When Virginia Clinton-Lisell learned in February that the summer day program she had planned for her 9-year-old daughter, Katie, was no longer running, she struggled to find an alternative – only to find that , even months later, it was already too late.
Katie, who has special needs, has been participating in the same summer program for years. It is run by its old nursery school and the staff know it well. Recently, however, several staff members have left to pursue careers outside of early childhood education. Finally, there simply weren’t enough people left to support a summer program.
Finding a new program proved difficult, however. Most summer learning opportunities near the Clinton-Lisell home in East Grand Forks, Minnesota are not available to neurodivergent children like Katie.
“She needs a lot of enrichment and a lot of patience and finding that combination can be very difficult,” Clinton-Lisell said. “She gets bored very easily.”
When Clinton-Lisell finally managed to locate a program that could accommodate Katie, it was already full of a waiting list. Hoping to start next year, she asked program staff if she could go ahead and sign Katie up for summer 2022. That too had a waiting list.
Although most summer apprenticeship programs are physically open this year, the demand for summer enrichment has far outstripped resources and manpower, according to one. recent national study conducted by the Alliance after school.
“It doesn’t even come close,” said Jodi Grant, executive director of the alliance.
This lack of resources has forced program operators to limit the number of children they can serve, leaving parents and caregivers to fight for some valuable places. Even though only 2% of summer apprenticeship programs are closed, the Afterschool Alliance reports that 52% of summer programs have had waiting lists this year, up from just 40% last year.
Much of the problem is the staff. In an industry where many jobs are part-time, pay minimum wage, and lack benefits, recruiting and retention can be difficult, Grant said. More than half of program operators say they are concerned about their ability to hire enough staff, according to the organization’s report.
The Ferguson, Missouri Parks & Recreation Department typically serves around 50 children in its two 10-week summer day camps, but this year only two people have signed up to work as camp counselors.
Most of the city’s camp counselors are high school or college students, said Katelyn Haniford, who runs the camps. However, the city only pays minimum wage and cannot compete with local retailers like Target and Amazon, who start their employees at much higher hourly wages.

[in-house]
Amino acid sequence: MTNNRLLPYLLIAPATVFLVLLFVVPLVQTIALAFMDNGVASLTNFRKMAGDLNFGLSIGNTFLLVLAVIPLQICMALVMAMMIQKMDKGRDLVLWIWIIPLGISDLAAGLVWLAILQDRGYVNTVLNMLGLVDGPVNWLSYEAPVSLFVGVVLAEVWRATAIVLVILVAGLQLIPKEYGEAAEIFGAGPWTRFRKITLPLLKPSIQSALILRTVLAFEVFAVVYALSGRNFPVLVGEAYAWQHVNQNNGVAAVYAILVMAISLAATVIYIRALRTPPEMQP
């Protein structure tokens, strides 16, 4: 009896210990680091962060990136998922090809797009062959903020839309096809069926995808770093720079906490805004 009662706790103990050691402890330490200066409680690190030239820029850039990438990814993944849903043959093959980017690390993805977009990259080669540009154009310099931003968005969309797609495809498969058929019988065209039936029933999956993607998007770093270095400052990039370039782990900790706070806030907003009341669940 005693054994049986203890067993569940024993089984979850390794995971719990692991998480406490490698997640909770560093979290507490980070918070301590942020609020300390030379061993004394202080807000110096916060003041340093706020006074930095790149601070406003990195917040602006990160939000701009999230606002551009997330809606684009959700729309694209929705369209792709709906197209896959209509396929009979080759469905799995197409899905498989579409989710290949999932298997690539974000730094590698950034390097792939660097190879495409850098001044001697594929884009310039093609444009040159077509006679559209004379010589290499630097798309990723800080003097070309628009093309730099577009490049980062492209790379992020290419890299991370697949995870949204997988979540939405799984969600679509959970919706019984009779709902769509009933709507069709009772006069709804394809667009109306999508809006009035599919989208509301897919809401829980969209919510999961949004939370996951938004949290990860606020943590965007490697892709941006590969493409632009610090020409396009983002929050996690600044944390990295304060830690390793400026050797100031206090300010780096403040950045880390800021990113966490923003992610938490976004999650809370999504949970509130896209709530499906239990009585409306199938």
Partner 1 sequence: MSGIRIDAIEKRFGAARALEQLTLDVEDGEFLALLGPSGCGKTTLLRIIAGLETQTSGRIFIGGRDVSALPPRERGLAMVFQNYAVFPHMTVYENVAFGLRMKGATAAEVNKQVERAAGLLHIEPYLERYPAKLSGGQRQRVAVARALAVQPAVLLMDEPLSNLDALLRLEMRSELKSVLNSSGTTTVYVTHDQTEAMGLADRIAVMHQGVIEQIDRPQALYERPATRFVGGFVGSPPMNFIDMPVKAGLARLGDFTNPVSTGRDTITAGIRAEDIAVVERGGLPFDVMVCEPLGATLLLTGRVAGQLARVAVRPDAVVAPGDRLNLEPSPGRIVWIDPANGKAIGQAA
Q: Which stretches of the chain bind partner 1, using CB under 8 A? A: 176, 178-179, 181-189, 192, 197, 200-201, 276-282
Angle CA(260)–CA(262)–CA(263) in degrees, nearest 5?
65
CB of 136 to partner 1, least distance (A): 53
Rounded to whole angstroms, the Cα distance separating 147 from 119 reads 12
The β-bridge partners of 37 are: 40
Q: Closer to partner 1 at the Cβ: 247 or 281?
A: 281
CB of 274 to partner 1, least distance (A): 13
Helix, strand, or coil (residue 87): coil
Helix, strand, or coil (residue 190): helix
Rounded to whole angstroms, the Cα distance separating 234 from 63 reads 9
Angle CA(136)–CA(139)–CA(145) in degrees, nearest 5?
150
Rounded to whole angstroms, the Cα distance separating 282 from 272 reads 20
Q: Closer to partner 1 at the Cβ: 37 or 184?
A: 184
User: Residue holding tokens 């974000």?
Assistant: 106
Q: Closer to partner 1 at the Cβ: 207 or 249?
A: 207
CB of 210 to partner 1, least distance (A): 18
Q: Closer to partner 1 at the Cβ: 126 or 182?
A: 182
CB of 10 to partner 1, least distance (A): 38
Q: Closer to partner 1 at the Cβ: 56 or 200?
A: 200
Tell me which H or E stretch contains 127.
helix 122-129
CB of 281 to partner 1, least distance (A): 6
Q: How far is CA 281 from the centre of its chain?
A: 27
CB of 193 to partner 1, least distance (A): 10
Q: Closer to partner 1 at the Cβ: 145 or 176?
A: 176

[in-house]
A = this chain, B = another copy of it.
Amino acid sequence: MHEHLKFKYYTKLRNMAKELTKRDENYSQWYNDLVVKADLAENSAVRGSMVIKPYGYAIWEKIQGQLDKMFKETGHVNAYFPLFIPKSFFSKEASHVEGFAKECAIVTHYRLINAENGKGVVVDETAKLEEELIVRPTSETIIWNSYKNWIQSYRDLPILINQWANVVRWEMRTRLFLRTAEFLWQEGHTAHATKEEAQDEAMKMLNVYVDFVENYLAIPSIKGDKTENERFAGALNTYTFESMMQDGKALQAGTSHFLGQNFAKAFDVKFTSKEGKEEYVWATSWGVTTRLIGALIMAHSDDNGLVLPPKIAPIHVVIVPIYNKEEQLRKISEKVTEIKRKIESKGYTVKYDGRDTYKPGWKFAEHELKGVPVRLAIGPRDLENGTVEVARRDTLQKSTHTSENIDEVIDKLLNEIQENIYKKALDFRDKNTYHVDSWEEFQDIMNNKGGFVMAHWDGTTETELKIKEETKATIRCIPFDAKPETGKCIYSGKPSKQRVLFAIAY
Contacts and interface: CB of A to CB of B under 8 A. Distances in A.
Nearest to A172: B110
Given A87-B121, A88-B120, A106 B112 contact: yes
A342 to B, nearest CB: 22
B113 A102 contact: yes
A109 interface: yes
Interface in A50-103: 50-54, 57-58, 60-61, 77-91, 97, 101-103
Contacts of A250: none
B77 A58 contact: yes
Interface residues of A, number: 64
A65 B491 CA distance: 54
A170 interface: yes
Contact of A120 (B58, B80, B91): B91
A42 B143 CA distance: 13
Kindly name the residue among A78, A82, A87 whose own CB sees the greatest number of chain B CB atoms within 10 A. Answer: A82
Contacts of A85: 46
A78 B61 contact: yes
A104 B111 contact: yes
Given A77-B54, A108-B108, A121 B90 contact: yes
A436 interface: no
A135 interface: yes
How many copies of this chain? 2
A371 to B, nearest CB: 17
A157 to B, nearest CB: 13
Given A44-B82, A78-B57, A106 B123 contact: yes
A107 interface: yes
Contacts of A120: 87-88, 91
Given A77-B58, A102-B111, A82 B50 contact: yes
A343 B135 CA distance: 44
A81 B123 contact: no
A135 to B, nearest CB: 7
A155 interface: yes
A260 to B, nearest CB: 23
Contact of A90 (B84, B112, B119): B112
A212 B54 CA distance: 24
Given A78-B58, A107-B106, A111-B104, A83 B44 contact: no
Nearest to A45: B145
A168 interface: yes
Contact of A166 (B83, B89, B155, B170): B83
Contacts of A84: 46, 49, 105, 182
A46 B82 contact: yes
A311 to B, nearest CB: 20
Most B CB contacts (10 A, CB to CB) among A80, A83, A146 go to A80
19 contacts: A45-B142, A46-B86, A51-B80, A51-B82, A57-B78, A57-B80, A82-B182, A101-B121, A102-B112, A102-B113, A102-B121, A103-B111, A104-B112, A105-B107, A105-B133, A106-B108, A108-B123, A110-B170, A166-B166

“It really throws a key in programming,” Haniford said.
The Ferguson community depends on the day camp for summer child care, Haniford said, so canceling completely was not an option. Instead, the department chose to cancel its teen camp and make up for lost programming by increasing the age limit for its young campers to 13.
Although new staff arrived after Haniford appealed for help on Facebook, the camp remained understaffed, meaning advisers didn’t have much leeway to plan. activities. In the end, the camp was able to increase its number of campers to around 70, but between eight and 15 children remained on the waiting list at all times.
Yet even as program costs rise and program operators express high levels of concern about their ability to meet the needs of children and families, they also express high levels of optimism.
For Grant, the executive director of the Afterschool Alliance, the American Rescue Plan, the sweeping COVID-19 relief plan adopted by Congress in March, represents an encouraging policy change.
The plan allocated $ 30 billion to support out-of-school learning, including $ 1.22 billion for summer enrichment. Given that federal funding for out-of-school programs has been quite stagnant in recent years, Grant said, the package is an important indicator that the government recognizes the role that the field of out-of-school time has played in supporting children. and families during the pandemic. Now the task is to keep the momentum going, she said.
“It is really imperative that we do everything we can to convince the decision makers, which are the state education agencies in the local education agencies, to fund holistic programs that have partnerships between schools and community-based community organizations that work with children, ”Grant said.
Correction: An earlier version of this article included an incorrect amount allocated for extracurricular learning by the US bailout. The article has been updated with the correct amount.